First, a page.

NEWS_SHI acquires important collection of books, research materials
Collection includes entire research library of retired academic
July 2, 2020
Sealaska Heritage Institute (SHI) has acquired a vast and important collection of books and research materials on the Northwest Coast, Sub-Arctic and Arctic culture areas.
The collection, which was largely donated to SHI by Dr. Herbert Maschner, a retired anthropologist and academic administrator, consists of more than 1,600 volumes, including very rare books and reports and many first editions.
SHI President Rosita Worl said she was enthralled to receive the donation, saying it would have cost tens of thousands of dollars and taken many years to purchase such a comprehensive Northwest Coast research library.
“Dr. Maschner is an academic of high caliber and his research library is unsurpassed. We could never have hoped to get such a complete collection as this over many decades let alone in a single year,” Worl said.
The collection is comprised of volumes on anthropology, history, archaeology and exploration in the Northwest Coast, Alaska and Canada and includes everything written on the Tlingit up to about 1990.
This includes rare and comprehensive materials on the Harriman Expedition, a team of scientists, artists, photographers and naturalists who explored and documented the Alaskan coast over two months in 1899.
It includes most of the works of The Fifth Thule Expedition, a Danish ethnographic and geographical expedition from Greenland to the Pacific from 1921-24, and most of a series of books on Alaska’s history — particularly its Russian era — written by the late historian Richard Pierce and published by Limestone Press.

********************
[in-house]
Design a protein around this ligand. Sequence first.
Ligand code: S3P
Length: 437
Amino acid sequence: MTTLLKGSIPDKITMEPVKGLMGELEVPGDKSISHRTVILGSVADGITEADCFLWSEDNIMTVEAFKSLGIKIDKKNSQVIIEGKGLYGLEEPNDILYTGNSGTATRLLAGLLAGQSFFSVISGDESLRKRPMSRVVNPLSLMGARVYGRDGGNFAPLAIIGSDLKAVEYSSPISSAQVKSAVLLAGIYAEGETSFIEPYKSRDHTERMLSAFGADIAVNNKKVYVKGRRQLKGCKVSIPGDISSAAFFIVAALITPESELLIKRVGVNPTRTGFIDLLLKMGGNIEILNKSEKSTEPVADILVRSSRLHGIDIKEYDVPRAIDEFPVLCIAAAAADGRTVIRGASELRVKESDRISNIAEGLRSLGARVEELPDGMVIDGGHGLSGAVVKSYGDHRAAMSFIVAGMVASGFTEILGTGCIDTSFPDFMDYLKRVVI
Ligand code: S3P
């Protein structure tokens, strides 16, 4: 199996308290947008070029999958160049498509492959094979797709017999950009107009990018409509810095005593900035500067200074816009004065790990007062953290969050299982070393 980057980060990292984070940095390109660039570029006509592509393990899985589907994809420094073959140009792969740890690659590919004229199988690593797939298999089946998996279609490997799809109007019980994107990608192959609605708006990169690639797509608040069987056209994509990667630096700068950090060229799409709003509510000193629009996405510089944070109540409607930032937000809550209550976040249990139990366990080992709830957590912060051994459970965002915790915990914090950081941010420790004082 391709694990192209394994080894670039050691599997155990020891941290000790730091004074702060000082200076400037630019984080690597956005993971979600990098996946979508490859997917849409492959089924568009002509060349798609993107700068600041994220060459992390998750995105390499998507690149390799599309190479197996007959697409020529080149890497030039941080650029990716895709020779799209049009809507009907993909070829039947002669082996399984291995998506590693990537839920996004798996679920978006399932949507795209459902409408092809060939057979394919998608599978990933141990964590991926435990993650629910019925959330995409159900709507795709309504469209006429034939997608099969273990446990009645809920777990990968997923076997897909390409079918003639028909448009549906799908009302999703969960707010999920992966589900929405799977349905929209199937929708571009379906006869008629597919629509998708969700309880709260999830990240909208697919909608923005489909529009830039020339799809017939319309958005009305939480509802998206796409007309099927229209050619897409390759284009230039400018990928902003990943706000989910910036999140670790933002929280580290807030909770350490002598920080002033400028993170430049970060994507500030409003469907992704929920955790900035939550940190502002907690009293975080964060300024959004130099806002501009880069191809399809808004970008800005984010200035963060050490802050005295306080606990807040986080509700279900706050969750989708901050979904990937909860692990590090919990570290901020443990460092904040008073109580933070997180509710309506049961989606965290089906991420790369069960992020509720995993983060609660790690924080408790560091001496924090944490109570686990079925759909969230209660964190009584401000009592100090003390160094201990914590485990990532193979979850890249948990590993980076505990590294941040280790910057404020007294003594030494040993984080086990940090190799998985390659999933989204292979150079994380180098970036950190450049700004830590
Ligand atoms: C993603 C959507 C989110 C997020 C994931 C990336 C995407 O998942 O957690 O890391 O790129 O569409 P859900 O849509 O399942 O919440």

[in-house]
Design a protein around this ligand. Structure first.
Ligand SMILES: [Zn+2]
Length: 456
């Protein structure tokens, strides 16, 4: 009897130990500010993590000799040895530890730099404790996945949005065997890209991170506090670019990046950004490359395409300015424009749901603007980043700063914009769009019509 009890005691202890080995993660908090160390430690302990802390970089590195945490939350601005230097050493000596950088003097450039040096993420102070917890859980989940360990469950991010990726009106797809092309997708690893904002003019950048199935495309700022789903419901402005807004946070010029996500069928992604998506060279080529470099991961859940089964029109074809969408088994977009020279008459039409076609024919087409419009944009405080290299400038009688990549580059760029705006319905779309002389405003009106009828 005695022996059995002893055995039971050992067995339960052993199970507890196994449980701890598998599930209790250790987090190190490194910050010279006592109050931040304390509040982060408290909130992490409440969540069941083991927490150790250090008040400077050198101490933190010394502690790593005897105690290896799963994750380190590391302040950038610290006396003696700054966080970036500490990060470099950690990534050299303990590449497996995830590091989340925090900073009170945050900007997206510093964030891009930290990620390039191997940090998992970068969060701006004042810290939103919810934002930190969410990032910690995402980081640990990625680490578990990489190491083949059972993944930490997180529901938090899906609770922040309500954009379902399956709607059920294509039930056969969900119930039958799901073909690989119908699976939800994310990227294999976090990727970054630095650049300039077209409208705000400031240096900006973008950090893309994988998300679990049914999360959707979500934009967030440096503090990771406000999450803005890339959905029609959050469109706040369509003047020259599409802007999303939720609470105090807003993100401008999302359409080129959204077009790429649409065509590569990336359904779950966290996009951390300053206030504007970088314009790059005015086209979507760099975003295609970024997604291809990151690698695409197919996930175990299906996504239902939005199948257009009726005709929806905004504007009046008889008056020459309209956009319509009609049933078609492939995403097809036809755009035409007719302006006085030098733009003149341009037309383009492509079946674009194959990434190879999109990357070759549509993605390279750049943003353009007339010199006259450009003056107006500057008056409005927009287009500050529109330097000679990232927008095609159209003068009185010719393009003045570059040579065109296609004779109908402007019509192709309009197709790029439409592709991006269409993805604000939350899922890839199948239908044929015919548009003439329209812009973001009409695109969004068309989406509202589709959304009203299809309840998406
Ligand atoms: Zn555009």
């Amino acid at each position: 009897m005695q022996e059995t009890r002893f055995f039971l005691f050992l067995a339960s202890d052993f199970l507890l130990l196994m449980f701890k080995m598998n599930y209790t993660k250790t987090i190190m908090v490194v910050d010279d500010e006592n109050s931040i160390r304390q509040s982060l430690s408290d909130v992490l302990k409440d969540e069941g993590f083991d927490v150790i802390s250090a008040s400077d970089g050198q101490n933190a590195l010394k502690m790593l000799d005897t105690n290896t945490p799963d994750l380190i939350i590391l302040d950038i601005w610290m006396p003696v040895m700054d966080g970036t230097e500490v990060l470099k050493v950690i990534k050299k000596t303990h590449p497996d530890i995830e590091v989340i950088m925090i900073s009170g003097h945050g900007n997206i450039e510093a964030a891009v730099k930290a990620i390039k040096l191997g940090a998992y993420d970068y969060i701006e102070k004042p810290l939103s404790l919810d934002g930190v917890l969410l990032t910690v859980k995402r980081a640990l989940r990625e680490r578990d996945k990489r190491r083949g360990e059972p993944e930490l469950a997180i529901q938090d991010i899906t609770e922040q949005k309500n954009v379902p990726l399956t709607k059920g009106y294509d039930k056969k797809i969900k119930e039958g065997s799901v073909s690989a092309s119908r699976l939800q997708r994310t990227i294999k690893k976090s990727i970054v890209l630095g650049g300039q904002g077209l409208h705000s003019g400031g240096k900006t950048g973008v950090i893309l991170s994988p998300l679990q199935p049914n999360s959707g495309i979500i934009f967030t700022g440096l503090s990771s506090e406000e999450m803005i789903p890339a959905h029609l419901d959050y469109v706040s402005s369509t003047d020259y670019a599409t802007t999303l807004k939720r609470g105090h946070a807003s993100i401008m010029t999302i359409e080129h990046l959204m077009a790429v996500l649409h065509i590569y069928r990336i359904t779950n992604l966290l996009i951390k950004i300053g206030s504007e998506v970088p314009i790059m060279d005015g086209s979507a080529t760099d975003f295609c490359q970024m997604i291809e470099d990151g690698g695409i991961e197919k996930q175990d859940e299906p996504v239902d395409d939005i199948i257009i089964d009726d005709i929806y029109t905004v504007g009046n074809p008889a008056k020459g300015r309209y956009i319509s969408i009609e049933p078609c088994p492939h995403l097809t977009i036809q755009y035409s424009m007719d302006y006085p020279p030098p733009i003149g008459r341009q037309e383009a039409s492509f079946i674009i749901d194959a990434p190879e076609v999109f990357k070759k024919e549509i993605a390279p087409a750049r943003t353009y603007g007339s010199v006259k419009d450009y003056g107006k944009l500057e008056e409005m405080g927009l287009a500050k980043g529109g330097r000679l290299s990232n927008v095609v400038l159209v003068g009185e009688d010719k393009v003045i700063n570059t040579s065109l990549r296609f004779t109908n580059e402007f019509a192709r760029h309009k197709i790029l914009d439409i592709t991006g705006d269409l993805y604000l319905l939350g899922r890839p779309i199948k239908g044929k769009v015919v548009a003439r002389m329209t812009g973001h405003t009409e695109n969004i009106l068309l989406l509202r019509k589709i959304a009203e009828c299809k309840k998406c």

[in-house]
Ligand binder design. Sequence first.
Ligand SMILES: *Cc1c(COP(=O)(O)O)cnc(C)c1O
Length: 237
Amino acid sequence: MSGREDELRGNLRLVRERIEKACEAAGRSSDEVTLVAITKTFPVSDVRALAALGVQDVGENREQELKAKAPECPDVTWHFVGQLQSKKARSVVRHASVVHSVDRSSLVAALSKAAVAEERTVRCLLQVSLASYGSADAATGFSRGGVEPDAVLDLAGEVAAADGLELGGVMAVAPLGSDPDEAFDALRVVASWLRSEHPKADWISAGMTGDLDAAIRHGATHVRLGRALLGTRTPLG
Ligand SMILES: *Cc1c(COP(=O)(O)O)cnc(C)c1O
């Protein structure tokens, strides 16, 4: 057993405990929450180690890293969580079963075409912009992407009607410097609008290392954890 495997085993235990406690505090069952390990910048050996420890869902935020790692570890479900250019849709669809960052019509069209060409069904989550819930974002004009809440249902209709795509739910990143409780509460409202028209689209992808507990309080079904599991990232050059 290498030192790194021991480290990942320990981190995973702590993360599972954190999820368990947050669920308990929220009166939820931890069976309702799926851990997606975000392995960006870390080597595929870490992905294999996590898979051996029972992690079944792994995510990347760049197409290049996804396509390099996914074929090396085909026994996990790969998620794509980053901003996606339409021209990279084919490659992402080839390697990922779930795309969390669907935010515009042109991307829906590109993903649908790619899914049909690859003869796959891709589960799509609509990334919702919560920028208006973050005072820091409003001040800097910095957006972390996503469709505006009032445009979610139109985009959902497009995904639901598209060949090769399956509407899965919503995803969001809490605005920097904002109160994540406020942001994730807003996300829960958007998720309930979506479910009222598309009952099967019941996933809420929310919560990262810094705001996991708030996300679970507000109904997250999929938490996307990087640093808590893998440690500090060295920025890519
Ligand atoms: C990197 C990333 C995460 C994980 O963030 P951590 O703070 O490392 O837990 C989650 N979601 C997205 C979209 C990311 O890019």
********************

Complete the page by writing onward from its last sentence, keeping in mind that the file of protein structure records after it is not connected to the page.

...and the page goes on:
The donation also includes nearly all of the 19th century Bureau of American Ethnology materials concerning the Northwest Coast and the Arctic, among many other resources.
Staff is currently cataloging the collection, which will be made available to the public.
Sealaska Heritage Institute is a private nonprofit founded in 1980 to perpetuate and enhance Tlingit, Haida and Tsimshian cultures of Southeast Alaska. Its goal is to promote cultural diversity and cross-cultural understanding through public services and events. SHI also conducts social scientific and public policy research that promotes Alaska Native arts, cultures, history and education statewide. The institute is governed by a Board of Trustees and guided by a Council of Traditional Scholars, a Native Artist Committee and a Southeast Regional Language Committee.
CONTACT: Amy Fletcher, SHI Media and Publications Director, email@example.com; 907.586.9116
Photo: SHI Archives and Collections Manager Emily Pastore with boxes of books acquired by the institute. Photo by Brian Wallace, courtesy of Sealaska Heritage Institute. For a high-resolution image, contact firstname.lastname@example.org.